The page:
Retrain clinicians: Physicians and other clinicians are heavily trained to create and document reimbursable events. If you change the economics so that the system finds ROI in promoting health, preventing disease, managing population health, producing cures and reducing suffering as efficiently as possible, those very same clinicians will need to be retrained. Most of them will be deeply grateful, because they, like you, genuinely want to bring real value to the customer. In fact, if you do this you could end the physician shortage and the nurse shortage. People will flock back to do what they became a doctor or a nurse to do: Help people.
An official of a health system in North Carolina sent an email to
the entire board of the North Carolina State Health Plan calling them a bunch
of “sorry SOBs” who would “burn in hell” after they
“bankrupt every hospital in the state.”
Wow. He sounds rather upset. He sounds angry and afraid. He
sounds surprised, gobsmacked, face-palming.
Bless his heart. I get it, I really do. Well, I get the fear and
pain. Here’s what I don’t get: the surprise, the tone of, “This came out
of nowhere! Why didn’t anyone tell us this was coming?”
Brother, we did. We have been. As loudly as we can. For years.
Two things to notice here:
What is he so upset about? Under State Treasurer
Dale Folwell’s leadership, the State Health Plan has pegged its payments to
hospitals and other medical providers in the state to a range of roughly 200%
of Medicare payments (with special help for rural hospitals and other
exceptions). In an industry that routinely says that Medicare covers 90% of
their costs, this actually sounds rather generous.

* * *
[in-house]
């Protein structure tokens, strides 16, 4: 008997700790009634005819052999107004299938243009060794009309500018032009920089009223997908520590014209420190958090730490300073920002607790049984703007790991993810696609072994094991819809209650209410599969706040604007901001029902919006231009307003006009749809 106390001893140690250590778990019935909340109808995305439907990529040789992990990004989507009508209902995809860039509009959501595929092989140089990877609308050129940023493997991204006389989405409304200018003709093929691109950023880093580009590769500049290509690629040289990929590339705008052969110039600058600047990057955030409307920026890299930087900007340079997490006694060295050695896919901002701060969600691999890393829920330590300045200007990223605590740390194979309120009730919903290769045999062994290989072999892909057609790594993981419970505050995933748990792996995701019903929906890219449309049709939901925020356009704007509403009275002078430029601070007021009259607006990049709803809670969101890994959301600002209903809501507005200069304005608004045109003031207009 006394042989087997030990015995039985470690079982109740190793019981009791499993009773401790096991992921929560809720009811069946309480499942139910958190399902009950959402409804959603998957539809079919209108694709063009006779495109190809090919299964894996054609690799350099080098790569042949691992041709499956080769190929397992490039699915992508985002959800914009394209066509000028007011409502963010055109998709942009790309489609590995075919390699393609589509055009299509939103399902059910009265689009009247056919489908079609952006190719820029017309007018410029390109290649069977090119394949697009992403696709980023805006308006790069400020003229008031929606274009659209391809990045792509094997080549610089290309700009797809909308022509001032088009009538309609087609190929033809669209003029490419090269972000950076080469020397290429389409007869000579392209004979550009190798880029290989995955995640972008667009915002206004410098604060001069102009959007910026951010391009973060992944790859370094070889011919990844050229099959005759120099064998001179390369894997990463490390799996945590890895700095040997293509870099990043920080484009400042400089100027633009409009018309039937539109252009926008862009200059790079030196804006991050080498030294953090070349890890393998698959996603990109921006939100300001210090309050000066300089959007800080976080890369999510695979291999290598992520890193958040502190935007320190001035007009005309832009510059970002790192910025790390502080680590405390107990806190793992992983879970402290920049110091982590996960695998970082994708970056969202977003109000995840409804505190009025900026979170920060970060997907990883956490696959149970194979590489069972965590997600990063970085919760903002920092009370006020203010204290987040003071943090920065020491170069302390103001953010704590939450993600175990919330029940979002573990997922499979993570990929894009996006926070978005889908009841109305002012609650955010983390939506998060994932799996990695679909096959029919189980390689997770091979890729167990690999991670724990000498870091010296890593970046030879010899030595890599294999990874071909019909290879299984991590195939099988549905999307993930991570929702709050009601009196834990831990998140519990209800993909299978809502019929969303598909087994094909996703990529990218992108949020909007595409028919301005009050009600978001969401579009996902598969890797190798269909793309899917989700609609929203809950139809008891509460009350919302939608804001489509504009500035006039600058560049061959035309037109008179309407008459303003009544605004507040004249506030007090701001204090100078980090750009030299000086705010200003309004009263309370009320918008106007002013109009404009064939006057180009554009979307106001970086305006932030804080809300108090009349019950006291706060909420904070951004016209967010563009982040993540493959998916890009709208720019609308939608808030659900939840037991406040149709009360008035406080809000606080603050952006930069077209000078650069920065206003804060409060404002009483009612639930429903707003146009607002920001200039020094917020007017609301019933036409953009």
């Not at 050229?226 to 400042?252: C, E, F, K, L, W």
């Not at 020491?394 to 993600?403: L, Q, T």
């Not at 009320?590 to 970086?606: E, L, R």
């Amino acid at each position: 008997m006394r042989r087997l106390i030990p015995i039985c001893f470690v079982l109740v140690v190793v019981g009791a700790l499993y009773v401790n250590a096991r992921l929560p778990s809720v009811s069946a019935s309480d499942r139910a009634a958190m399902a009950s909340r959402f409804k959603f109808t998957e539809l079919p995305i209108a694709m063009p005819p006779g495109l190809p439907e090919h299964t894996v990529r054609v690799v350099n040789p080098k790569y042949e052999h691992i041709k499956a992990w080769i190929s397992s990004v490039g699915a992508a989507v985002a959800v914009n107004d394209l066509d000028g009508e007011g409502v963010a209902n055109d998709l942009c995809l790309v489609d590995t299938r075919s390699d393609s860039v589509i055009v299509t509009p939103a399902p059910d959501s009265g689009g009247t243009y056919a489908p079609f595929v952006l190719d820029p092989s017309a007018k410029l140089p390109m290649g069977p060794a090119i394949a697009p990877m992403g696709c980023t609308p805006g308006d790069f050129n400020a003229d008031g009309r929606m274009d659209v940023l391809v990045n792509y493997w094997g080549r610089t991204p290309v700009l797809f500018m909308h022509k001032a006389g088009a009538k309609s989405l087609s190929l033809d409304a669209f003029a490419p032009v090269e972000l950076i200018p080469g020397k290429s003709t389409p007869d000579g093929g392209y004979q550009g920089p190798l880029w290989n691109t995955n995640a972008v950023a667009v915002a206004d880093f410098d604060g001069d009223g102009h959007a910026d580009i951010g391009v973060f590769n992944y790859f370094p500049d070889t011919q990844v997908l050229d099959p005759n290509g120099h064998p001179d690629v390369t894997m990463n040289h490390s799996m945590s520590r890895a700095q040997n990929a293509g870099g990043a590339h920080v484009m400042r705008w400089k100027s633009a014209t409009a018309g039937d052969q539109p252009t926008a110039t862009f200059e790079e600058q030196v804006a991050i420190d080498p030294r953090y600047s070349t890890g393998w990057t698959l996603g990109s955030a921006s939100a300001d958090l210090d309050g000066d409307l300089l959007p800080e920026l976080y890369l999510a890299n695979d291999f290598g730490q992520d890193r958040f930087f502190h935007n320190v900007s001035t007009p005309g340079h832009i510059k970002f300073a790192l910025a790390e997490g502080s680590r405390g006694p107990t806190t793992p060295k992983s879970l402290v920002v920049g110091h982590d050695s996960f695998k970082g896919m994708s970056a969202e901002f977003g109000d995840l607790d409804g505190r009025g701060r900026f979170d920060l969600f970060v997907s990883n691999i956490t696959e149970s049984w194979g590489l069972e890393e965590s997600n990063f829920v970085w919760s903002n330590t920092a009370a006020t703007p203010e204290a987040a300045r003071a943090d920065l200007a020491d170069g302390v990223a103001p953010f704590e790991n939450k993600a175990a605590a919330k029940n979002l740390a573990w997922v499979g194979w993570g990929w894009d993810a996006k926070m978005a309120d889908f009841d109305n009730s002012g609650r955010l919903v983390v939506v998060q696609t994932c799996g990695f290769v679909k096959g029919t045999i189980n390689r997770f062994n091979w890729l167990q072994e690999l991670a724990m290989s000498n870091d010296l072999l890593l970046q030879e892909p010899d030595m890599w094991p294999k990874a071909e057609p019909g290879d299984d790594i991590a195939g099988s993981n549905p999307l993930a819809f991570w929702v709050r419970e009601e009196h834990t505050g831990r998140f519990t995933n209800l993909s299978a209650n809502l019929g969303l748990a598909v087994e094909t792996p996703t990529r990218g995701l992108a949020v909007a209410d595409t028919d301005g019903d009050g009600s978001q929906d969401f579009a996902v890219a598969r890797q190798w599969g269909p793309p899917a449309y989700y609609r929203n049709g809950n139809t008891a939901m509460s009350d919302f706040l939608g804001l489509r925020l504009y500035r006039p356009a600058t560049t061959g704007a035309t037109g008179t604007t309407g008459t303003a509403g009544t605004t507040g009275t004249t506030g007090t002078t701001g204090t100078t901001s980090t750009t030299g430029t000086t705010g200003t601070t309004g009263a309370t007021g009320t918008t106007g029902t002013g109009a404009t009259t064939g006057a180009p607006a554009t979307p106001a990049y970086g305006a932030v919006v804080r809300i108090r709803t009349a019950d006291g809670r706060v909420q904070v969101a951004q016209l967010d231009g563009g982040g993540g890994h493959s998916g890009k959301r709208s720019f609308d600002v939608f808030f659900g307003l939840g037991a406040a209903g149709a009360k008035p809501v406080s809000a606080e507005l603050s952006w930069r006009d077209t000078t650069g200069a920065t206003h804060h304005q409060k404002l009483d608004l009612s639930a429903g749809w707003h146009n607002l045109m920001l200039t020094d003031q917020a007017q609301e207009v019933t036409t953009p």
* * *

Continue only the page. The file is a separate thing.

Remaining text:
What is the State Health Plan? It’s not a payer,
that is, an insurer. It’s a buyer. Buyers play under a different set of rules
and incentives than an insurer.
Yesterday, Chilmark Research participated in the CRG conference, Driving Change Through Managed Care IT from Provider Payments to Quality, which was held in New York City. Despite having a title that no one will be able to remember, the overall theme of the event and presentations therein gave one a bird’s eye view into what payers are thinking as we march forward with healthcare reform and the digitization of the healthcare sector.
A common theme that repeated itself numerous times over the course of the day was the lack of business process maturity in the healthcare sector. Meg McCarthy, EVP of Innovation at Aetna was the first to make this statement citing this issue as arguably the number one challenge for this industry sector to overcome. (McCarthy provided some interesting details on the Medicity acquisition but we’ll save that for a later date.)
Later that day, Jessica Zabbo, Provider Technology Supervisor at RI-BCBS gave a very detailed presentation on her company’s experiences working with providers on the adoption and use of EHRs. Over the last several years RI-BCBS has done a couple of small pilots. In both cases a defining parameter of success was business process maturity. For example, the company did a Patient Centered Medical Home (PCMH) pilot that coupled pay for performance metrics (P4P) with EHR use. Basically P4P measurements were to be recorded and reported through the EHR. One of the key lessons learned was that P4P program success was highly dependent on the EHR being fully implemented and physicians comfortable with its use (process maturity). But in a Catch-22, to successfully incorporate P4P metrics into the EHR requires a very deep understanding of practice focus and workflow. Without that understanding, failure of the P4P program is almost certain.Continue reading…